For example, if a user visits bestbuy.com and clicks on a product, third-party trackers will collect and analyze the information about that user and their activity on bestbuy.com. Then, if that user leaves bestbuy.com and accesses a different website, such as techcrunch.com, the user could be shown an ad for that exact same product or something similar (e.g. another TV or another electrical product).
The way it works is that both bestbuy.com and techcrunch.com load a piece of code from an ad server (e.g. ad.doubleclick.net). When the user navigates to either website, the piece of code loaded from ad.doubleclick.net is from a different domain than the URL in the user’s browser, so the cookies set in ad.doubleclick.net are considered third-party cookies.
- How Different Browsers Handle First-Party and Third-Party Cookies
- Google Chrome To Kill Off Third-Party Cookies: What It Means for AdTech
- The Benefits Of A First-Party Cookie Approach In Online Advertising
- Privacy in AdTech FAQ: Google Chrome’s Privacy Sandbox, Safari ITP, Firefox, GDPR
- What Facebook’s First-Party Cookie Means for AdTech
First-Party Cookies Used in a Third-Party Context
Some first-party cookies can be used to track users in the same way as third-party cookies in specific contexts.
For example, log-in boxes (widgets, plugins) to social sites like Facebook can be placed on different websites to facilitate commenting or “liking” content. This functionality uses first-party cookies in the third-party context; because the user interacts with the login widget (as in, visits its domain), the widget can leave a first-party cookie. Then, such first-party cookie is used a in third-party context, and can enable cross-site tracking.
However, some internet browsers like Safari have methods of blocking this (i.e. Safari 11 and newer).
Apple’s Intelligent Tracking Prevention (ITP) and Cookies
Intelligent tracking prevention is a feature offered with Safari and in iOS 11 by default. It changes the way the Apple browser handles first-party cookies, which is different than most other browsers.
Its newest version, ITP 2.0, detects cross-site tracking and partitions (or isolates) first-party cookies, making it impossible to use them in a third-party context for tracking or analytics purposes. Some experts say that by introducing such strict rules to deal with third-party cookies, Apple sabotages the current economic model of the Internet.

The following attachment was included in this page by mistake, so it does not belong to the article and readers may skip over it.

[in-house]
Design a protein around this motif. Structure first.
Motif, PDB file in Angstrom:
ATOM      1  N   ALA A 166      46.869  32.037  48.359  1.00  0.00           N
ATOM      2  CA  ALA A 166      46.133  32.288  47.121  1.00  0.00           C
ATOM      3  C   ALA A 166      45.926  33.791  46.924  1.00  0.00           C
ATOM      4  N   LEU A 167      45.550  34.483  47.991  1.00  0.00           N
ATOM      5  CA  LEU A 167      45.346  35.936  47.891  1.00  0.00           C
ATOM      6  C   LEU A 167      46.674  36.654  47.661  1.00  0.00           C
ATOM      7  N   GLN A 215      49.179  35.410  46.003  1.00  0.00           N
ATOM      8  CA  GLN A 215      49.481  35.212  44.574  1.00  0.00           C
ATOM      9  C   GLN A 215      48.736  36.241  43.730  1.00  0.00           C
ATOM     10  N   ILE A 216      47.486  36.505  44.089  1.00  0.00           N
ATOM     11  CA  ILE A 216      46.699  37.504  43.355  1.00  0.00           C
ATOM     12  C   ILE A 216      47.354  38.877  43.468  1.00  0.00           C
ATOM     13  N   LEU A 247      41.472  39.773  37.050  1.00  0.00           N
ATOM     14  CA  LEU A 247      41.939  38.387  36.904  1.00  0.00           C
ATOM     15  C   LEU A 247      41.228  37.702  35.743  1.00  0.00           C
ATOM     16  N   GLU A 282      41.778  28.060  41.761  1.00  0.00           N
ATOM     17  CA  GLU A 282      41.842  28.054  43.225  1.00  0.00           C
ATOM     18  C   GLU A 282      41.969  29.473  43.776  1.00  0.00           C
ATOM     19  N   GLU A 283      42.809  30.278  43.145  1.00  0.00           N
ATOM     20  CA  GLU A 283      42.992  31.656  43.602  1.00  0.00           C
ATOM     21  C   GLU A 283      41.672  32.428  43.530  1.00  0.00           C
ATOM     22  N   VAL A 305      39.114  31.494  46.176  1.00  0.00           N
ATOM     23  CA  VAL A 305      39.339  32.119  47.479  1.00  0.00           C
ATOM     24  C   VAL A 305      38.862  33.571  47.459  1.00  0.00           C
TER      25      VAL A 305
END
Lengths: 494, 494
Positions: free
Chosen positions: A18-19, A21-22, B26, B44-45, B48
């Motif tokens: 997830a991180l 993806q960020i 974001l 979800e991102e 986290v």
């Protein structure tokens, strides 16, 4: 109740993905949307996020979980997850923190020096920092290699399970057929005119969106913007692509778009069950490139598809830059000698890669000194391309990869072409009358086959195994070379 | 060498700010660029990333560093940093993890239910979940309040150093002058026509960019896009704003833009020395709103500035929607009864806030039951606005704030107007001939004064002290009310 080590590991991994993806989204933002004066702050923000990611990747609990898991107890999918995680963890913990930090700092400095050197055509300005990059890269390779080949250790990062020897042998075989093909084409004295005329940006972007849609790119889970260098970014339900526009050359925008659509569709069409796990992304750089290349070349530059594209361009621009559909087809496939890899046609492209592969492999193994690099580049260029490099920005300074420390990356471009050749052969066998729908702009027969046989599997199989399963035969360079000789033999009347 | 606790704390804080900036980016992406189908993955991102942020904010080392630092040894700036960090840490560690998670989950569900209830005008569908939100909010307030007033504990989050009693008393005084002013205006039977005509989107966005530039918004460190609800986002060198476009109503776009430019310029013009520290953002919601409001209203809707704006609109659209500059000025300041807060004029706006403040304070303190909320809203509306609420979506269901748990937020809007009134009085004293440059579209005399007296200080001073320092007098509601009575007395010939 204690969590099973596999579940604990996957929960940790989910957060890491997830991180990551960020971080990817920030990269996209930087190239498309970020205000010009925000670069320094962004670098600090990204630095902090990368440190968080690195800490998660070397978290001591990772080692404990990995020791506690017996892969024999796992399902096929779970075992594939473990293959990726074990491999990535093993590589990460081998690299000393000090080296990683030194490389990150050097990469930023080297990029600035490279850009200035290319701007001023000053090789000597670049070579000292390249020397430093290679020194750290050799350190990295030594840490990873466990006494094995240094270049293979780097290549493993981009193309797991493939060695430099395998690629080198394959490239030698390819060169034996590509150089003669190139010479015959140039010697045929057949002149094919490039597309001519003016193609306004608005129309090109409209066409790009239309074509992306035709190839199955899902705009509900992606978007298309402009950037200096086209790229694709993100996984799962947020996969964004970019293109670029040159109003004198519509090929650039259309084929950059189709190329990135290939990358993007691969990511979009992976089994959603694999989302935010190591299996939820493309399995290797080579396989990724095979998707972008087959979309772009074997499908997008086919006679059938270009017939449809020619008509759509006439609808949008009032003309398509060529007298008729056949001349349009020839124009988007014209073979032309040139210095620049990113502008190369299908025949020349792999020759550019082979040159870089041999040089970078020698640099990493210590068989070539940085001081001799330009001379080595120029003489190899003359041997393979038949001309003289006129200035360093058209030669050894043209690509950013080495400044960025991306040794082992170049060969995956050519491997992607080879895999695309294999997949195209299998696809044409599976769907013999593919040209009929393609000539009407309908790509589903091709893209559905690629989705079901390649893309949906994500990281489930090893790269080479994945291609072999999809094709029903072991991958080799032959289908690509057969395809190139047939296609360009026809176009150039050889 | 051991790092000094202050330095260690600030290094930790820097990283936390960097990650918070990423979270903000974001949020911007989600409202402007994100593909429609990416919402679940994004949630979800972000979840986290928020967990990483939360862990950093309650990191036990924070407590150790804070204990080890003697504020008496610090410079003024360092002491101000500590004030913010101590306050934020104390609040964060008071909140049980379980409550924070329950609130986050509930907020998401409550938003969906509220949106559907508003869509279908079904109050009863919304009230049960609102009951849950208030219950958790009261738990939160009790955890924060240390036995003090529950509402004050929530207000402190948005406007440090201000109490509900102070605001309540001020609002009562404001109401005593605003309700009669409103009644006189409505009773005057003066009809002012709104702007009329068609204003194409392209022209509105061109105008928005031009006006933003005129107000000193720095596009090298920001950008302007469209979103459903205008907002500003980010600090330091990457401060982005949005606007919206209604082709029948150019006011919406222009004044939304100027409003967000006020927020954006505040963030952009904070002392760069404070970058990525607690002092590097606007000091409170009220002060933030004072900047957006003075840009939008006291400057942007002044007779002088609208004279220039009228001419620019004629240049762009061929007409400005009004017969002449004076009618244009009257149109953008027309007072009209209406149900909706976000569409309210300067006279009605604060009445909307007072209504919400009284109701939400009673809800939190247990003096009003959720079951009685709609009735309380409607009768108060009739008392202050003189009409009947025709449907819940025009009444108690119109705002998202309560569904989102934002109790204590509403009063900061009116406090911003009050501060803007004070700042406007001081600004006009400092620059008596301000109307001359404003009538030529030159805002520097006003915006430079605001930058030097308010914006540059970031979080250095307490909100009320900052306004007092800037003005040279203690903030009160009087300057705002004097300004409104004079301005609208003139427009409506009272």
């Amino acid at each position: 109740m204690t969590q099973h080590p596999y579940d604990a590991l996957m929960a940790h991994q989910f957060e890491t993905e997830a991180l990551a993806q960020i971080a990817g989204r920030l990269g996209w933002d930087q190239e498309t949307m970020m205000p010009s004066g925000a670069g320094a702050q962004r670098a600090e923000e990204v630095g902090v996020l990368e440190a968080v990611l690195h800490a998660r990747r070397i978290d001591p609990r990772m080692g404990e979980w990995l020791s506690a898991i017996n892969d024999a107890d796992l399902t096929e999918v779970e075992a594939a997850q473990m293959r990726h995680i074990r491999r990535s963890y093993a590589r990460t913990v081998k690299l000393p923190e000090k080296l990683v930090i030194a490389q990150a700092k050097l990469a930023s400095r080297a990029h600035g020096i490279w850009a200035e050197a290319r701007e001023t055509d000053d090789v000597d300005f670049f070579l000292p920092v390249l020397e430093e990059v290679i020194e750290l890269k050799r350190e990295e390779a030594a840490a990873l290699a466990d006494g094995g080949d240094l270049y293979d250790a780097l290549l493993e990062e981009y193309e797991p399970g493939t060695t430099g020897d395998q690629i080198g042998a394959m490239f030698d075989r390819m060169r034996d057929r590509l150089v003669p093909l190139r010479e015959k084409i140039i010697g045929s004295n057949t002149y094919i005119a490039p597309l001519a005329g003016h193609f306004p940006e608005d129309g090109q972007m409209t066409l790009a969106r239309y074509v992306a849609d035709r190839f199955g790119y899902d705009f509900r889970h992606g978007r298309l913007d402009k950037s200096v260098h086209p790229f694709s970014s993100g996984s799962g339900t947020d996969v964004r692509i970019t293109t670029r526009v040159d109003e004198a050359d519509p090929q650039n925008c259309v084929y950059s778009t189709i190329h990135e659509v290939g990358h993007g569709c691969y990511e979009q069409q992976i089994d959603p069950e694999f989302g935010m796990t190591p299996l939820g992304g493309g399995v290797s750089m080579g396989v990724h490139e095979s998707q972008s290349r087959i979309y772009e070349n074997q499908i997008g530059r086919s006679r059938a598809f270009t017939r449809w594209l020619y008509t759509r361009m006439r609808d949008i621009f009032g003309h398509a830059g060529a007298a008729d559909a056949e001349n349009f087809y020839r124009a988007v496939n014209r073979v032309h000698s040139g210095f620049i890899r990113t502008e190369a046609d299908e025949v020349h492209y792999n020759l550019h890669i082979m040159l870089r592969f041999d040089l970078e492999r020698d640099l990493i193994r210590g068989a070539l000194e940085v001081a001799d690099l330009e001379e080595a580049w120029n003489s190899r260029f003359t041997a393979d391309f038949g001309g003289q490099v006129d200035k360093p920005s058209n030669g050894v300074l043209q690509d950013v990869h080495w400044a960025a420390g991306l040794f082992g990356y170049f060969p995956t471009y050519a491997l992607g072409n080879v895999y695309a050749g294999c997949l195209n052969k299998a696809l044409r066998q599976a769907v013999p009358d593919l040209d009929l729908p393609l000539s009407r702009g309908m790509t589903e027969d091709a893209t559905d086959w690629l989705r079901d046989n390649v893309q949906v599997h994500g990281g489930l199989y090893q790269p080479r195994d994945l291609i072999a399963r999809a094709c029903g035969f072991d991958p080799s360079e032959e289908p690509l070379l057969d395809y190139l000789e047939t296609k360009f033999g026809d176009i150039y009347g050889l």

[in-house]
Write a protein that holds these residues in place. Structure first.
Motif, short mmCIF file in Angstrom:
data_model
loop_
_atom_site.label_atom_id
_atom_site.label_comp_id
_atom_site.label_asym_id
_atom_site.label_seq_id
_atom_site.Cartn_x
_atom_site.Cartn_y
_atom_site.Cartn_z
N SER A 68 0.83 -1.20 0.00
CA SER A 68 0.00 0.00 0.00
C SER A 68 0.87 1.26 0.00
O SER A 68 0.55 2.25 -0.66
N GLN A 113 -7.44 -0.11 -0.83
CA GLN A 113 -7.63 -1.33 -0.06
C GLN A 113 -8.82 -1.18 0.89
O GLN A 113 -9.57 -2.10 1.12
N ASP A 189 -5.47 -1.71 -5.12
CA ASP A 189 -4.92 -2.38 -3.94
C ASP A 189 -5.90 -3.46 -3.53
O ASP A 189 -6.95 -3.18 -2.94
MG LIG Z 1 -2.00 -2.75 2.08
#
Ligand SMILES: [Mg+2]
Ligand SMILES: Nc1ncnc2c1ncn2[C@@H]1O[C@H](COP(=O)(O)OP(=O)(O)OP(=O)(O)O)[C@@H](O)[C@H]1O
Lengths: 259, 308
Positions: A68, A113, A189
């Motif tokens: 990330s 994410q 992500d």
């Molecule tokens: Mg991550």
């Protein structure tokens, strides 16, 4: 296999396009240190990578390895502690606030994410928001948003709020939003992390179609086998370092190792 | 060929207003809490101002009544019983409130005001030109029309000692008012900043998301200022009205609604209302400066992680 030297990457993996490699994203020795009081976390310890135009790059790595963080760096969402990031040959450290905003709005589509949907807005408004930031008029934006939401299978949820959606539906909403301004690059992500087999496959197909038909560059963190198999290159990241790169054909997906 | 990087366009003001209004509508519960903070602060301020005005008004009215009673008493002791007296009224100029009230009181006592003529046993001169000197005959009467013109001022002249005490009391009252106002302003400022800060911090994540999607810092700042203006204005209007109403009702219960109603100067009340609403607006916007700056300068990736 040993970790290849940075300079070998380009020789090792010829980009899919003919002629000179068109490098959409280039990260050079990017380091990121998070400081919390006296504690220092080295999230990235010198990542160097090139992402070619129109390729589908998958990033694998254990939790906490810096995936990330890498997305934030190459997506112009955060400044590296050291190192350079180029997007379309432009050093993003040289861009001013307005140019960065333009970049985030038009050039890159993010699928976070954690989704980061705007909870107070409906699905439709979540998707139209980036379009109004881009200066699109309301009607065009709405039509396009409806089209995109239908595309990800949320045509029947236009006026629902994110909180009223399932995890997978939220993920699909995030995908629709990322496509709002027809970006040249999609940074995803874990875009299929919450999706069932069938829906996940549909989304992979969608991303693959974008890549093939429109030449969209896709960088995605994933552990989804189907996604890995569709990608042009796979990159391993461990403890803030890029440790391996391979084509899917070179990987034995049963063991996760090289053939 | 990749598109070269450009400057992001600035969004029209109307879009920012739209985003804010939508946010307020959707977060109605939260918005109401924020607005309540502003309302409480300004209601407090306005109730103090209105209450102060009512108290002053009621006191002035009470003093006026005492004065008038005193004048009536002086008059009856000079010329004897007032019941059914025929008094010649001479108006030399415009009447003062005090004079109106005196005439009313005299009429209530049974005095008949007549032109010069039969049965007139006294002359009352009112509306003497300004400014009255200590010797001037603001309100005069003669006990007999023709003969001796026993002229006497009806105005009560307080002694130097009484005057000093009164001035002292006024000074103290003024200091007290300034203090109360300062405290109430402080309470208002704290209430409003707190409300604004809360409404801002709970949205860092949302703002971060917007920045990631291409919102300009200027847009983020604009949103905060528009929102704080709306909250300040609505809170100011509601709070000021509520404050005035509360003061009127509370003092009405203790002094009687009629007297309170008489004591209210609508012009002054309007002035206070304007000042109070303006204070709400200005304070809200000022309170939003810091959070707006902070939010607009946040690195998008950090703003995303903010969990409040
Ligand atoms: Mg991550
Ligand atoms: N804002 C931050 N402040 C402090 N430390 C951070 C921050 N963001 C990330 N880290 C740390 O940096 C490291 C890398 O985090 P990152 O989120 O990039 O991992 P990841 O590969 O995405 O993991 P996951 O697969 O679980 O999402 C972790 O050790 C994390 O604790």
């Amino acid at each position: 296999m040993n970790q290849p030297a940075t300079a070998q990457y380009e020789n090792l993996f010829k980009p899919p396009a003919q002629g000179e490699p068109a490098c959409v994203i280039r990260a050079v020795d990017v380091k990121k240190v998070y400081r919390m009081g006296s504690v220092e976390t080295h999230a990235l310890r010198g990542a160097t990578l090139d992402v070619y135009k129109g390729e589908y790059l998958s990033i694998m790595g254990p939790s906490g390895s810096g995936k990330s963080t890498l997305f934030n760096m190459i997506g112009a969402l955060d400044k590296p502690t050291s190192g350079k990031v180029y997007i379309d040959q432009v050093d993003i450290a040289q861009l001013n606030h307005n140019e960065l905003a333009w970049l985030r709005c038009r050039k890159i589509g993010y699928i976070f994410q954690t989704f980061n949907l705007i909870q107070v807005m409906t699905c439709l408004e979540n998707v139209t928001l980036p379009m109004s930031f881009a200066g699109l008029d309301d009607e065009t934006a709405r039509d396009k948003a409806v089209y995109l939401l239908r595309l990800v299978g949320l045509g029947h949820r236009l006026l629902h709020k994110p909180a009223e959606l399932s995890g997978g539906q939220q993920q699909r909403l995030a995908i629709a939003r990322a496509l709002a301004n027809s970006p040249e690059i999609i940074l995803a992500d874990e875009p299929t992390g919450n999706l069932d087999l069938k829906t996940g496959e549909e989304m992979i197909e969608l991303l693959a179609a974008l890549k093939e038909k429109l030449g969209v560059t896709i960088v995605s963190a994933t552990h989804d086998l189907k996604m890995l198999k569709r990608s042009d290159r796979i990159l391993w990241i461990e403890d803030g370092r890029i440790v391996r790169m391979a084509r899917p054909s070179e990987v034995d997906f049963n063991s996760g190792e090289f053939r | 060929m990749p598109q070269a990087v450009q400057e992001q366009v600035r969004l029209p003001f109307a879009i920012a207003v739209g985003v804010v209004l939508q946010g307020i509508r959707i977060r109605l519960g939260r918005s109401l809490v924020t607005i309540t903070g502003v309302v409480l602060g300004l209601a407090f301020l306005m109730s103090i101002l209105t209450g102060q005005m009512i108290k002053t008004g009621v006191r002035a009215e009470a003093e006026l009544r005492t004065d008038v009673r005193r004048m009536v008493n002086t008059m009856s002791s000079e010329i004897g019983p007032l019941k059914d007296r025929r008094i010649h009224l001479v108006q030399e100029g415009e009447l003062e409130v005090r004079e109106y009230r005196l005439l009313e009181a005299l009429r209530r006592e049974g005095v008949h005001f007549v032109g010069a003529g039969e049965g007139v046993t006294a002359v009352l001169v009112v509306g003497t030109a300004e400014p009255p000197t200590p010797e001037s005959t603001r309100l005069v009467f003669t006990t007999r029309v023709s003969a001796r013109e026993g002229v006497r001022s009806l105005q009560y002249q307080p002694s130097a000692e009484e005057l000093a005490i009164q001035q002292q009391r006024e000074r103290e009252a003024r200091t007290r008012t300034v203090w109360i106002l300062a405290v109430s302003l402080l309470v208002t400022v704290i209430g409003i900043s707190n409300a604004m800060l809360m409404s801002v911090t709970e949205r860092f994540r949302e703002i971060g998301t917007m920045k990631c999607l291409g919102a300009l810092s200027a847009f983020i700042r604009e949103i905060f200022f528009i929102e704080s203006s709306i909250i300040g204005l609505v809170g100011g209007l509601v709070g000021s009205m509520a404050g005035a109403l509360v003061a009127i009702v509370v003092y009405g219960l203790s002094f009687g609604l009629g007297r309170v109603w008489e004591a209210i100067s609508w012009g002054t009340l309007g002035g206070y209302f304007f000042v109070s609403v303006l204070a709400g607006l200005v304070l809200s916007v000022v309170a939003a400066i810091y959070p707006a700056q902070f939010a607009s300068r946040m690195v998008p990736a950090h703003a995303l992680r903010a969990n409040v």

Previous versions of Apple’s ITP (1.0 and 1.1) allowed cookies to be read and used in a “third-party context”, provided the user accessed the domain directly in the first 24 hours. That gave an unfair advantage to Facebook and Google, as the 24-hour purge didn’t have the same effect on them as on other sites because users visit these websites regularly and rarely log out.
With ITP 2.0, this is no longer possible.
Mozilla followed suit, and Firefox Version 50 (and later) currently offers a Safari-like “intelligent” functionality blocking unwanted third-party tracking cookies. A grey shield icon appears in the address bar when Firefox blocks tracking domains.
Its Tracking Protection was developed in collaboration with Disconnect and is based on a number of tracker blacklists to allow third-party cookies only from trusted providers.
To see what exactly is being blocked, you can still open the console to review the Security tab.
Safari and Firefox (and basically all other browsers available on the market) also offer more-or-less elaborate methods to block third-party cookies. However, most browsers offer some kind of cookie blocking method – but not all of them are based on blacklists or algorithms.
How to Disable Third-Party Cookies
Third-party cookies are blocked when a user does one or more of the following:
- Browses the web in private or incognito mode.
- Uses Safari as their web browser on Apple mobile devices, as it blocks third-party cookies by default.
- Changes the cookie and tracking settings in their browsers (detailed below).
- Uses Tor.
- Installs ad blockers or similar add-ons (Ghostery, Pivacy Badger etc).
Most browsers allow users to disable third-party cookies from the settings menu. Doing so will make the ads much less personalized, but shouldn’t otherwise compromise the browsing experience. There are numerous guides around the web detailing the steps to disable cookies for each particular browser, but we can give a short overview: